On this September 19th, 2017, after seeing all the photos, videos and messages, I felt I couldn’t breath. I couldn’t get off my computer because my country and my Mexican people were suffering like they had never suffered before. Being more than 10,000 km away from home I was feeling helpless, and couldn’t be there helping them. I cannot even imagine the pain they had to live through seeing how buildings where they had spent their childhood, studied or worked, were razed to the ground within just a few minutes.
So I, being in Poland, felt a pain that I had never felt before. I couldn’t breath, the fear and sense of panic were taking control over my body, and honestly I could not hold back my tears when seeing how the country that gave me everything, absolutely everything, was suffering like never before.
One of the most common phrases we use when referring to our country is: “Como México no hay dos” (“Mexico is unique”). It wasn’t until I saw how Mexican people reacted after the earthquake that made me realize what this phrase really means. Dear Mexican people – civilians, soldiers, marines, engineers, clerks, students, doctors, nurses, construction workers, homemakers – all of you make me PROUD of being a Mexican. During 26 years of my life I had never seen so much unitedness among us, we immediately put aside all the social differences and problems that divided us. It was as if there had been a button, inside our souls, that when pressed made us all help our fellow compatriots.
I cannot find the right words to express how proud I feel every time I see a photo or a video of some Mexican helping to remove rubble, donating a liter of water, feeding the rescue team, giving a taco to a stranger without hoping for anything in exchange, saving every living thing… all that is so reassuring to me, knowing that there are true heroes in my beloved Mexico, and I am sure that every single Mexican that lives far away from their home country feels exactly the same way.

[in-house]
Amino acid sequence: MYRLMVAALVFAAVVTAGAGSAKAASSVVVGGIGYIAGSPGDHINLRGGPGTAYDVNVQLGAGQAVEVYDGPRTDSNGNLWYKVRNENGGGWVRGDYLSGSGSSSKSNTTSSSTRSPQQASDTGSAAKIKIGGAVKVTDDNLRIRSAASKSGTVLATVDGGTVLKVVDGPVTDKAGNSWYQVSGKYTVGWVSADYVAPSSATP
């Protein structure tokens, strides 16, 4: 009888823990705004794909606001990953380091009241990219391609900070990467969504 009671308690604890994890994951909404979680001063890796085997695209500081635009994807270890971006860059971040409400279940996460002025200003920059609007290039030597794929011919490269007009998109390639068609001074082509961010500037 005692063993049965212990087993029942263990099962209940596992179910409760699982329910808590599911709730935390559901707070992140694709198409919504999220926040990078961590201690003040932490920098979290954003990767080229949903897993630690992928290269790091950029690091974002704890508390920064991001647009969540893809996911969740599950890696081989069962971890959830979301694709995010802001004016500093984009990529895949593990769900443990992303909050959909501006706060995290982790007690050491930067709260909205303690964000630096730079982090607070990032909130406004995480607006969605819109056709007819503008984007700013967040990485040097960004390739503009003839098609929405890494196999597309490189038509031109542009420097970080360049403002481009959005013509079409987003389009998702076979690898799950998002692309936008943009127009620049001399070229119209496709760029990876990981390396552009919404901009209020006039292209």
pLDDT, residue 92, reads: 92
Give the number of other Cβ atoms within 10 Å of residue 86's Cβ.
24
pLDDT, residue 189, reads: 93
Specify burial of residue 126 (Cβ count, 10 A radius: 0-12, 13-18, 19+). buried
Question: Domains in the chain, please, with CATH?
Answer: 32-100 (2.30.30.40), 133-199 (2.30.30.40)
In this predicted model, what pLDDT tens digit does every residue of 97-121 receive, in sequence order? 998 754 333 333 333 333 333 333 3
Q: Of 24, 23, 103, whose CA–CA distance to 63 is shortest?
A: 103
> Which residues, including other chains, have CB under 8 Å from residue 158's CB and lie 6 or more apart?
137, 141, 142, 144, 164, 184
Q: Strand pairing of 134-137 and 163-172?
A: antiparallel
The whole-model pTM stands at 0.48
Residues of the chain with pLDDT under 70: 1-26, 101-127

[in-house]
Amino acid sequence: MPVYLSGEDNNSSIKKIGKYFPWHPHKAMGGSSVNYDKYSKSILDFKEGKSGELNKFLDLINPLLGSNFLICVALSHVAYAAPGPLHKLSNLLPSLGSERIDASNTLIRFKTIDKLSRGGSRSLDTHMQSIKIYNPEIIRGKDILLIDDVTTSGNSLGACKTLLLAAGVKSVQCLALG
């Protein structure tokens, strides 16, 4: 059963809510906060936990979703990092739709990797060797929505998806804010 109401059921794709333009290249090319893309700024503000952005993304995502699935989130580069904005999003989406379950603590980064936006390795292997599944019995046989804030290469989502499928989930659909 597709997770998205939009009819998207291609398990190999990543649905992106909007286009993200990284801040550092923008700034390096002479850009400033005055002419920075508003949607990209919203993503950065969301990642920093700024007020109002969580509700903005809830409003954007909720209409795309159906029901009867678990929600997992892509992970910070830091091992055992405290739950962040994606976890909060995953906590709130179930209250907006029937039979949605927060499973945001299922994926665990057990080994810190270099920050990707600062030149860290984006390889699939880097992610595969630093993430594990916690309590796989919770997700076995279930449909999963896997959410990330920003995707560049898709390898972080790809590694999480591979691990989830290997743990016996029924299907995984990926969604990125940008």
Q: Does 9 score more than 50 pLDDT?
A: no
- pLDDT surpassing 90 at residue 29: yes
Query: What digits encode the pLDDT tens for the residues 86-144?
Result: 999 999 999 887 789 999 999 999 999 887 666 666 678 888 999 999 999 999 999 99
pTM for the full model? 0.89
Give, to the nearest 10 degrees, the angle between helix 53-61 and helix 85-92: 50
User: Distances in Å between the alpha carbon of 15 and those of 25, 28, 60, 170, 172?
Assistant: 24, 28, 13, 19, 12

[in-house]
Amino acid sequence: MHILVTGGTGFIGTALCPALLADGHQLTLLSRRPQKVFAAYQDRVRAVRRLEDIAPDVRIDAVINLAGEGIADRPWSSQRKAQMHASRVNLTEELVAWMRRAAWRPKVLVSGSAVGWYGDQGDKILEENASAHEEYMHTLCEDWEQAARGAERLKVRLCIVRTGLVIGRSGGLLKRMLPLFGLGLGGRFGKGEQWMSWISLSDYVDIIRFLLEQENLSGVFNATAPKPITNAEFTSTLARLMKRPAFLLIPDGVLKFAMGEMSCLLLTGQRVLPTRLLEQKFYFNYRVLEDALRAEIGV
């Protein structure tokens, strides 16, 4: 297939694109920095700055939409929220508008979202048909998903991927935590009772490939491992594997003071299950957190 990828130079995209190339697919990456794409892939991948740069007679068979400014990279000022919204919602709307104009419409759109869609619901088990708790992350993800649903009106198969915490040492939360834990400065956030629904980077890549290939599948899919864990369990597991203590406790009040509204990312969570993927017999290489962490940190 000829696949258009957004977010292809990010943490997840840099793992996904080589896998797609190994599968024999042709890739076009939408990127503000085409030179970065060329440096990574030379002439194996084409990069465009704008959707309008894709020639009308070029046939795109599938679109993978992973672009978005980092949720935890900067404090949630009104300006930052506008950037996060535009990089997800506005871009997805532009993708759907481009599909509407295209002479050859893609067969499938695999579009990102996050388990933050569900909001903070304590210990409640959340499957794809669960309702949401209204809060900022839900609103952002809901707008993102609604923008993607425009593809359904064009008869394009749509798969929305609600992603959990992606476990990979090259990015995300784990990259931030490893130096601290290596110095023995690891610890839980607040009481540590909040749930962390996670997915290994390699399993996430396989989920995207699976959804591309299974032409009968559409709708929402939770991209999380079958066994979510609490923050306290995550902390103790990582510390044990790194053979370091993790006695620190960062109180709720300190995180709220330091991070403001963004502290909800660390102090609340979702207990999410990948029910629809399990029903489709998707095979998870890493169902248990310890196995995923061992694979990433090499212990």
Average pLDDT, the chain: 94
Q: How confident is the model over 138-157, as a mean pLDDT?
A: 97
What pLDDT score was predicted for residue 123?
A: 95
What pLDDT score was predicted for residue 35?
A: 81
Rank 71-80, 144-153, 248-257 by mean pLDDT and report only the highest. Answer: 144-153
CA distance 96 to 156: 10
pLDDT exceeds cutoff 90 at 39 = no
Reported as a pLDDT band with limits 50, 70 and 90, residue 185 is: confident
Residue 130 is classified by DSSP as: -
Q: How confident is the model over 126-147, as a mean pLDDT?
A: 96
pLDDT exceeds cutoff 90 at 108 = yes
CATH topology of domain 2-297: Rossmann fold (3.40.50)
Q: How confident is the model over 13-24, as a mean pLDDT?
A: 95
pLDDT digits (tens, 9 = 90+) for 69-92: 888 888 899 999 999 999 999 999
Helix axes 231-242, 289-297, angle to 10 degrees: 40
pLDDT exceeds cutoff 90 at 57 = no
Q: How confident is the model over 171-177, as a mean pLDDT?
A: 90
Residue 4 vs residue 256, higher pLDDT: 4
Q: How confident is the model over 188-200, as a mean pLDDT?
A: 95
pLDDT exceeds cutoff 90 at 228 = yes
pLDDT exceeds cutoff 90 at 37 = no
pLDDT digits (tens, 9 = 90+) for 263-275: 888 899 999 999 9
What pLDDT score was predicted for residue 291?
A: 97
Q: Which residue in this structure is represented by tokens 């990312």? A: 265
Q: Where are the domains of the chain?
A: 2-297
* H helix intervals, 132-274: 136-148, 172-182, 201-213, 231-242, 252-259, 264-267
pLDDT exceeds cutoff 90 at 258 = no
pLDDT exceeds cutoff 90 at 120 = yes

You, my Mexican brothers and sisters, have made me feel more than ever that being a Mexican is the best thing that happened to me. Every one of you is a person worth admiring, and honestly I wish I could go back to Mexico right now and thank each one of you in person, for supporting our dear Mexican people when they are in trouble.
Thank you, Mexican people, for doing this, for taking care of our home while some of us are away. Seeing all the selfless acts makes me sure that we can build the Mexico we have always wanted if we stay together and face of problems. Let’s get ahead like we always do. Mexico, you make me proud!
David Huerta – a Mexican citizen.
If you are currently abroad and you want to support Mexico with a donation, you can do it via the following websites:
- Cruz Roja Mexicana – Mexican Red Cross, donations through PayPal
- Fundación Yo X Mexico – donations through Internet page You Caring
- Google – donations through Google
Thank you! ¡Fuerza México!